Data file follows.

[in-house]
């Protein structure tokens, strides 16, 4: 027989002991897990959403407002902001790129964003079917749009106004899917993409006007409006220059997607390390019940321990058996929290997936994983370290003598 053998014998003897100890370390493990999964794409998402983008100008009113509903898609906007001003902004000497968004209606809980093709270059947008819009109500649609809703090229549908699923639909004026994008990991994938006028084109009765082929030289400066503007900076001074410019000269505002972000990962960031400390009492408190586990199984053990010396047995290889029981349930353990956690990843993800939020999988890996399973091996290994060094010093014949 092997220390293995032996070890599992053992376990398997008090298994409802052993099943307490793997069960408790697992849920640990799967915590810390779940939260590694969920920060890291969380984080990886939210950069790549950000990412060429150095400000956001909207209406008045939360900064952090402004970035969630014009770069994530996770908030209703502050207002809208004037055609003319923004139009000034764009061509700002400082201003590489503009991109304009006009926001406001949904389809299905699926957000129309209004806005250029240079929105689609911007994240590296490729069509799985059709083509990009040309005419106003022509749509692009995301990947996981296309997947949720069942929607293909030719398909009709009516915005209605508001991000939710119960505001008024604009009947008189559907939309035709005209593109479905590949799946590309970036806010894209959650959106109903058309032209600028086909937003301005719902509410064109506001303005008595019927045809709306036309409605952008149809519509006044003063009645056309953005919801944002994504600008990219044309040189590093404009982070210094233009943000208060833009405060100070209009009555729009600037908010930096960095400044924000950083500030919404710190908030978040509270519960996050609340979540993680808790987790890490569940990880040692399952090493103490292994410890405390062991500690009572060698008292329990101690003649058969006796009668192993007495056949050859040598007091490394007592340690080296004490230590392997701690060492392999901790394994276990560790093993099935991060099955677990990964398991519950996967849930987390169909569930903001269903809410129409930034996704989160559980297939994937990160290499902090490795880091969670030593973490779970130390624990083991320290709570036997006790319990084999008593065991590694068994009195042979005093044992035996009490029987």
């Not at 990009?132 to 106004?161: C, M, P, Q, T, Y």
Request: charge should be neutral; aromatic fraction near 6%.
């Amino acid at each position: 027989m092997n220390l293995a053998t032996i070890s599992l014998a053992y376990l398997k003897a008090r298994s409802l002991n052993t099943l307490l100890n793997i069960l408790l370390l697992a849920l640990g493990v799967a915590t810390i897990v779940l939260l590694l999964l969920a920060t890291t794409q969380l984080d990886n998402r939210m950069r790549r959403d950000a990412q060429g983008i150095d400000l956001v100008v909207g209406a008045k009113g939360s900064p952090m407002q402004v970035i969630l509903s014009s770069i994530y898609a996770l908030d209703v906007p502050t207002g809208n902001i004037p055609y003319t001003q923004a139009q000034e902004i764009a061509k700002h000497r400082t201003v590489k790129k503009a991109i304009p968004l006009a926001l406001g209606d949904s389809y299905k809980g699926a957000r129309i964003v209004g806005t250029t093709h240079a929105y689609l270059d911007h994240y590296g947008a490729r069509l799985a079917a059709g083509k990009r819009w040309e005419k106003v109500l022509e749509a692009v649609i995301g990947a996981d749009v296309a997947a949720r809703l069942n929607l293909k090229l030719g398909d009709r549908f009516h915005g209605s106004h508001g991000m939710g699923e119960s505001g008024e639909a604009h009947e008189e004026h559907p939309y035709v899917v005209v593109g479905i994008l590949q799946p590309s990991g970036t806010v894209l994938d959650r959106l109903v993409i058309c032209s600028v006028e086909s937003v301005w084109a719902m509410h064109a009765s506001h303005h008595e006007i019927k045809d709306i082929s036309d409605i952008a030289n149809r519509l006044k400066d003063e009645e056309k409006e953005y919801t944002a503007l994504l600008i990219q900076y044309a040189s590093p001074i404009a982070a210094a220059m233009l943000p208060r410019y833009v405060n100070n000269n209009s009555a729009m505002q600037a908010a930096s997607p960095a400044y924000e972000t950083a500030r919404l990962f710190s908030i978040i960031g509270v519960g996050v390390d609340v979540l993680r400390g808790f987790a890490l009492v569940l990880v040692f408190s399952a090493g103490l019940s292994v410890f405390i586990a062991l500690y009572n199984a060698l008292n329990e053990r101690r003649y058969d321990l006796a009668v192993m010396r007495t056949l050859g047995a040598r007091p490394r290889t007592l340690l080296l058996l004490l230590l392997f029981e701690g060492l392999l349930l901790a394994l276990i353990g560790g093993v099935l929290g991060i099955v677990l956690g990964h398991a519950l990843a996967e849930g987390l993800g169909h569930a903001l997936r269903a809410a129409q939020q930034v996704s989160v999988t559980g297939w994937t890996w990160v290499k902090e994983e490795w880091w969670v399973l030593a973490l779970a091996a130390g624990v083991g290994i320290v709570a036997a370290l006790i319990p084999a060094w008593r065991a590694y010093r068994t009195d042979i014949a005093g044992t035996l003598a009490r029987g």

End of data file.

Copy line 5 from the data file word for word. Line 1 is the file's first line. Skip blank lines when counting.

């Amino acid at each position: 027989m092997n220390l293995a053998t032996i070890s599992l014998a053992y376990l398997k003897a008090r298994s409802l002991n052993t099943l307490l100890n793997i069960l408790l370390l697992a849920l640990g493990v799967a915590t810390i897990v779940l939260l590694l999964l969920a920060t890291t794409q969380l984080d990886n998402r939210m950069r790549r959403d950000a990412q060429g983008i150095d400000l956001v100008v909207g209406a008045k009113g939360s900064p952090m407002q402004v970035i969630l509903s014009s770069i994530y898609a996770l908030d209703v906007p502050t207002g809208n902001i004037p055609y003319t001003q923004a139009q000034e902004i764009a061509k700002h000497r400082t201003v590489k790129k503009a991109i304009p968004l006009a926001l406001g209606d949904s389809y299905k809980g699926a957000r129309i964003v209004g806005t250029t093709h240079a929105y689609l270059d911007h994240y590296g947008a490729r069509l799985a079917a059709g083509k990009r819009w040309e005419k106003v109500l022509e749509a692009v649609i995301g990947a996981d749009v296309a997947a949720r809703l069942n929607l293909k090229l030719g398909d009709r549908f009516h915005g209605s106004h508001g991000m939710g699923e119960s505001g008024e639909a604009h009947e008189e004026h559907p939309y035709v899917v005209v593109g479905i994008l590949q799946p590309s990991g970036t806010v894209l994938d959650r959106l109903v993409i058309c032209s600028v006028e086909s937003v301005w084109a719902m509410h064109a009765s506001h303005h008595e006007i019927k045809d709306i082929s036309d409605i952008a030289n149809r519509l006044k400066d003063e009645e056309k409006e953005y919801t944002a503007l994504l600008i990219q900076y044309a040189s590093p001074i404009a982070a210094a220059m233009l943000p208060r410019y833009v405060n100070n000269n209009s009555a729009m505002q600037a908010a930096s997607p960095a400044y924000e972000t950083a500030r919404l990962f710190s908030i978040i960031g509270v519960g996050v390390d609340v979540l993680r400390g808790f987790a890490l009492v569940l990880v040692f408190s399952a090493g103490l019940s292994v410890f405390i586990a062991l500690y009572n199984a060698l008292n329990e053990r101690r003649y058969d321990l006796a009668v192993m010396r007495t056949l050859g047995a040598r007091p490394r290889t007592l340690l080296l058996l004490l230590l392997f029981e701690g060492l392999l349930l901790a394994l276990i353990g560790g093993v099935l929290g991060i099955v677990l956690g990964h398991a519950l990843a996967e849930g987390l993800g169909h569930a903001l997936r269903a809410a129409q939020q930034v996704s989160v999988t559980g297939w994937t890996w990160v290499k902090e994983e490795w880091w969670v399973l030593a973490l779970a091996a130390g624990v083991g290994i320290v709570a036997a370290l006790i319990p084999a060094w008593r065991a590694y010093r068994t009195d042979i014949a005093g044992t035996l003598a009490r029987g």